Sec. Cancer Metabolism
Volume 13 - 2023 | https://doi.org/10.3389/fonc.2023.1249237
Metabolic barriers in non-small cell lung cancer with LKB1 and/or KEAP1 mutations for immunotherapeutic strategies
- Department of Respiratory Medicine, Nagoya University Graduate School of Medicine, Nagoya, Japan
Currently, immune checkpoint inhibitors (ICIs) are widely considered the standard initial treatment for advanced non-small cell lung cancer (NSCLC) when there are no targetable driver oncogenic alternations. NSCLC tumors that have two alterations in tumor suppressor genes, such as liver kinase B1 (LKB1) and/or Kelch-like ECH-associated protein 1 (KEAP1), have been found to exhibit reduced responsiveness to these therapeutic strategies, as revealed by multiomics analyses identifying immunosuppressed phenotypes. Recent advancements in various biological approaches have gradually unveiled the molecular mechanisms underlying intrinsic reprogrammed metabolism in tumor cells, which contribute to the evasion of immune responses by the tumor. Notably, metabolic alterations in glycolysis and glutaminolysis have a significant impact on tumor aggressiveness and the remodeling of the tumor microenvironment. Since glucose and glutamine are essential for the proliferation and activation of effector T cells, heightened consumption of these nutrients by tumor cells results in immunosuppression and resistance to ICI therapies. This review provides a comprehensive summary of the clinical efficacies of current therapeutic strategies against NSCLC harboring LKB1 and/or KEAP1 mutations, along with the metabolic alterations in glycolysis and glutaminolysis observed in these cancer cells. Furthermore, ongoing trials targeting these metabolic alterations are discussed as potential approaches to overcome the extremely poor prognosis associated with this type of cancer.
The advent of immune checkpoint inhibitor (ICI) therapy has revolutionized the treatment approach for various cancers, including advanced non-small cell lung cancer (NSCLC). Currently, the standard first-line therapy for advanced NSCLC without targetable driver oncogenic alternations consists of multiple treatment regimens involving ICIs, either alone or in combination with platinum-based chemotherapy (1–8). Predictors such as programmed death 1 ligand-1 (PD-L1) tumor proportion scores (TPS) or tumor mutational burden (TMB) are available but insufficient in accurately forecasting the treatment outcome (9–11). In first-line therapies for advanced NSCLC, ICIs as monotherapy, such as pembrolizumab and atezolizumab, have demonstrated clinical benefits primarily in patients with high tumor PD-L1 expression (2, 3). However, several combinations of ICIs and platinum-based chemotherapies have been approved as standard first-line therapies irrespective of TPS, although the effectiveness of these combinations still relies to some extent on the tumor PD-L1 expression status. Nonetheless, even among the subset of patients with high tumor PD-L1 expression, approximately 20–30% initially exhibit resistance to ICIs, either alone or in conjunction with platinum-based chemotherapy (1, 9).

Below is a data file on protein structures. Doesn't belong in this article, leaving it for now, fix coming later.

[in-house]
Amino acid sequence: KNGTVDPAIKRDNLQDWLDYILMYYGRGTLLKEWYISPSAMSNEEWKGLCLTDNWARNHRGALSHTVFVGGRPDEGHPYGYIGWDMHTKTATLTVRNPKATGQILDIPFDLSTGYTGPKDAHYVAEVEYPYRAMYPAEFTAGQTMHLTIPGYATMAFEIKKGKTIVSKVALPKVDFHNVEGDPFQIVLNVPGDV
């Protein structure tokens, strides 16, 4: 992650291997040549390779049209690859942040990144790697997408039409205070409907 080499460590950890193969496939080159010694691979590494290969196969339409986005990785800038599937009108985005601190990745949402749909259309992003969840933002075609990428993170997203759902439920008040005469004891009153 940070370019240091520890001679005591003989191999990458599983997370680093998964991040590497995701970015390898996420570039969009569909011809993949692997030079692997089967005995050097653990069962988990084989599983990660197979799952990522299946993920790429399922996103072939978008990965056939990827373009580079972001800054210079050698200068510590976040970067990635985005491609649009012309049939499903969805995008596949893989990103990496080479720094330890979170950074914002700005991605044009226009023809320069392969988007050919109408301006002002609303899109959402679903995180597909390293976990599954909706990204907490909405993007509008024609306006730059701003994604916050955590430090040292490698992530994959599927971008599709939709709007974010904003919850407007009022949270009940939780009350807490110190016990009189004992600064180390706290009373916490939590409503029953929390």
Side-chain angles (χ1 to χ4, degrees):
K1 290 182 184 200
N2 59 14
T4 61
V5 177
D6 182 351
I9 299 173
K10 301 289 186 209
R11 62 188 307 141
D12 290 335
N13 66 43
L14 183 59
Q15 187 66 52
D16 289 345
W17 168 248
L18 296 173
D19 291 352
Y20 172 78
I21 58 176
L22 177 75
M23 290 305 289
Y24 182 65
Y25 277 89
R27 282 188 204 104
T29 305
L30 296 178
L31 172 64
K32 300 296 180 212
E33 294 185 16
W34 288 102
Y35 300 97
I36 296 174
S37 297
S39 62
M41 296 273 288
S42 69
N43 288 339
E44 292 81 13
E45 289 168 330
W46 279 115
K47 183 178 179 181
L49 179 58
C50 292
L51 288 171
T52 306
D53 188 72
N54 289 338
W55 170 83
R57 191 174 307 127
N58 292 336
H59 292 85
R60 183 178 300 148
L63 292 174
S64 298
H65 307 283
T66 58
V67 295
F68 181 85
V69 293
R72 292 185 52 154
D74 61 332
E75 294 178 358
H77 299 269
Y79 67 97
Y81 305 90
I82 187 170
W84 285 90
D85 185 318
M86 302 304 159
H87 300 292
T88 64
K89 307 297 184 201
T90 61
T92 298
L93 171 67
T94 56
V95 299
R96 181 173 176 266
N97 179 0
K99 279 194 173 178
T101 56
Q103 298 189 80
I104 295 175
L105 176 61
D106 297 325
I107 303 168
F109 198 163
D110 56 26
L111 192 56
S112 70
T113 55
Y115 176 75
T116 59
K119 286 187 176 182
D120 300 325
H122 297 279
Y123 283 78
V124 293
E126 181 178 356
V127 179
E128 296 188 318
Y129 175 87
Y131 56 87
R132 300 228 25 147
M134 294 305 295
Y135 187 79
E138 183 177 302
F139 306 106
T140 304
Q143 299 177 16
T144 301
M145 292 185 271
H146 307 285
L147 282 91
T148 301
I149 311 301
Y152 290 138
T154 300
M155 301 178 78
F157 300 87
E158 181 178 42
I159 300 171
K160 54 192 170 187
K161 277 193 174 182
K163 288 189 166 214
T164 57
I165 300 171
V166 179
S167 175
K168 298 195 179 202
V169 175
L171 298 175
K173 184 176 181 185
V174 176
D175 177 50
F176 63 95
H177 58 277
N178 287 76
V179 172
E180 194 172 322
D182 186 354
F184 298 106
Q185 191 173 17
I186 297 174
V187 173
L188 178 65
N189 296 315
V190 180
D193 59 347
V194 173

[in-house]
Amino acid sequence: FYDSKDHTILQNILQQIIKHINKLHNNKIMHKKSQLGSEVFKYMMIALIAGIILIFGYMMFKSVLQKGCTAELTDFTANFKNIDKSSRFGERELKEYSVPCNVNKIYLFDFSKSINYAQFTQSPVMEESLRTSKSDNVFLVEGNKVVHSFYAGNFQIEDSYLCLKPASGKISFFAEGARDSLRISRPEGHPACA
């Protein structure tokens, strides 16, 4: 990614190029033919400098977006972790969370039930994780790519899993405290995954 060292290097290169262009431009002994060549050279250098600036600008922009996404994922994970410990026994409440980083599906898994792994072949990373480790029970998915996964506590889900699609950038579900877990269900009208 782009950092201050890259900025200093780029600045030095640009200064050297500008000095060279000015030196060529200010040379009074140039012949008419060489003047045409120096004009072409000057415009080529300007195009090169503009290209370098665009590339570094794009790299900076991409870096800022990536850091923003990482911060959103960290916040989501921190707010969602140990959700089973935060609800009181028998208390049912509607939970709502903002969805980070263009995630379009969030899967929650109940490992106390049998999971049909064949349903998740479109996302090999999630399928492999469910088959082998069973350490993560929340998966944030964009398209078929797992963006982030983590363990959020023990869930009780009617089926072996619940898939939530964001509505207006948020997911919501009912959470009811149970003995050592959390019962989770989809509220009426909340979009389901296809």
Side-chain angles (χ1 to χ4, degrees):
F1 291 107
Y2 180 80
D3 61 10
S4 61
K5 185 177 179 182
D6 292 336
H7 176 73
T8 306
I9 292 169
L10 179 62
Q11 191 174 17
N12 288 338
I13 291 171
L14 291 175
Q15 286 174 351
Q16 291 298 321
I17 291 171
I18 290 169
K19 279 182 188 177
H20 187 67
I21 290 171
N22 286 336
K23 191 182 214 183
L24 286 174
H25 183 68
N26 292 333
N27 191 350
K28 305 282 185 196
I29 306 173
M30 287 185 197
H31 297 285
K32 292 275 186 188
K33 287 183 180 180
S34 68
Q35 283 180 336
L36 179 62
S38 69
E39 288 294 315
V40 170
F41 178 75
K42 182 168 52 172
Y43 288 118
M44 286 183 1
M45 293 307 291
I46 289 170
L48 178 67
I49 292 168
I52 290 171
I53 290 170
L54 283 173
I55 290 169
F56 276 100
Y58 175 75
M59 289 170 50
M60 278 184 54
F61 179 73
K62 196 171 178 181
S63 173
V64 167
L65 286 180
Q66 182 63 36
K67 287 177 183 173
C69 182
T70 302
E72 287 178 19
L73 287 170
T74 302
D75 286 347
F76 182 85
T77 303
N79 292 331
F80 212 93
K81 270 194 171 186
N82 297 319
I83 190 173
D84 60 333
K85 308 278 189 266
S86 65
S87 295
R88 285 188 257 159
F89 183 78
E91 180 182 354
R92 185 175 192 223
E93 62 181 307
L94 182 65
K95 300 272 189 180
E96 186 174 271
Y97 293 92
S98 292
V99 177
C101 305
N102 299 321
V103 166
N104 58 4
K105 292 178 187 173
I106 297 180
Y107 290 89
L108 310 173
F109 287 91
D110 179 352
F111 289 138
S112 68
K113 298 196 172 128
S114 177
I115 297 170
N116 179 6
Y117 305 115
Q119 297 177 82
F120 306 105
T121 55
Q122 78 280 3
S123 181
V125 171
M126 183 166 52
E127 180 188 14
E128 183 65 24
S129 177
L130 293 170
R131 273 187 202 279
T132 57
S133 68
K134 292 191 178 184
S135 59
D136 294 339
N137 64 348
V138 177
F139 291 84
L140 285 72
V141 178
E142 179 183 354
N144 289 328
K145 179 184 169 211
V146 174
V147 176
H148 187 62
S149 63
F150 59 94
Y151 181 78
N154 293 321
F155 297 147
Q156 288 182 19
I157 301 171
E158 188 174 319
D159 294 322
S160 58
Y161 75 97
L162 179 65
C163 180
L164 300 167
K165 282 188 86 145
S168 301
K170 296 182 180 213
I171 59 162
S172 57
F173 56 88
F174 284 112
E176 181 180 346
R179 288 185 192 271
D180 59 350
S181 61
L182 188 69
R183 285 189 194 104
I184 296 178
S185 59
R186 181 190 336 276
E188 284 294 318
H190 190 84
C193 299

Recent multiomics analyses, including next-generation sequencing-based tests (NGS), have played a crucial role in identifying predictive biomarkers for ICI therapies and uncovering mechanisms of immune evasion in cancer (9, 12–15). Among them, T cell–inflamed gene expression profile and proteogenomic characterization in addition to NGS data analysis have revealed that specific driver mutations in NSCLC exhibit discrete immune phenotypes (16, 17). Notably, two tumor suppressor genes, liver kinase B1 (LKB1) and Kelch-like ECH-associated protein 1 (KEAP1), are associated with inactivating driver mutations that contribute to an immunosuppressed phenotype (18). Somatic mutations in LKB1, encoded by serine/threonine kinase 11 (STK11), occur in approximately 20-25% of lung adenocarcinoma (LUAD), while inactivating mutations in KEAP1 are observed in approximately 10-15% of LUAD (19–21). Several studies using a large number of clinical specimens have also reported a high frequency of co-occurring mutations in STK11 and KEAP1 (22–24). NSCLC with STK11 and/or KEAP1 mutations represents one of most aggressive types of cancer, characterized by resistance to standard cytotoxic chemotherapy or radiotherapy (20, 25–27). However, these tumors also exhibit reduced efficacy to immunotherapy, independent of PD-L1 expression and high TMB (18, 28, 29). This highlights the urgent need for novel therapeutic strategies to effectively treat NSCLC patients with these specific mutations. T-cell infiltration in tumors is known to be relatively weak, and researchers have investigated various factors that contribute to this, such as the secretion of immunosuppressive molecules and impairment of antigen presentation (17, 18). Among these factors, the metabolic reprogramming of glycolysis and glutaminolysis in tumor cells has emerged as a current area of focus for explaining the limited response to immunotherapy (30, 31). The intrinsic metabolic reprogramming of tumor cells, which is essential for tumor growth, also impacts various cells within the tumor microenvironment (TME), leading to immune evasion by the tumor (30–34).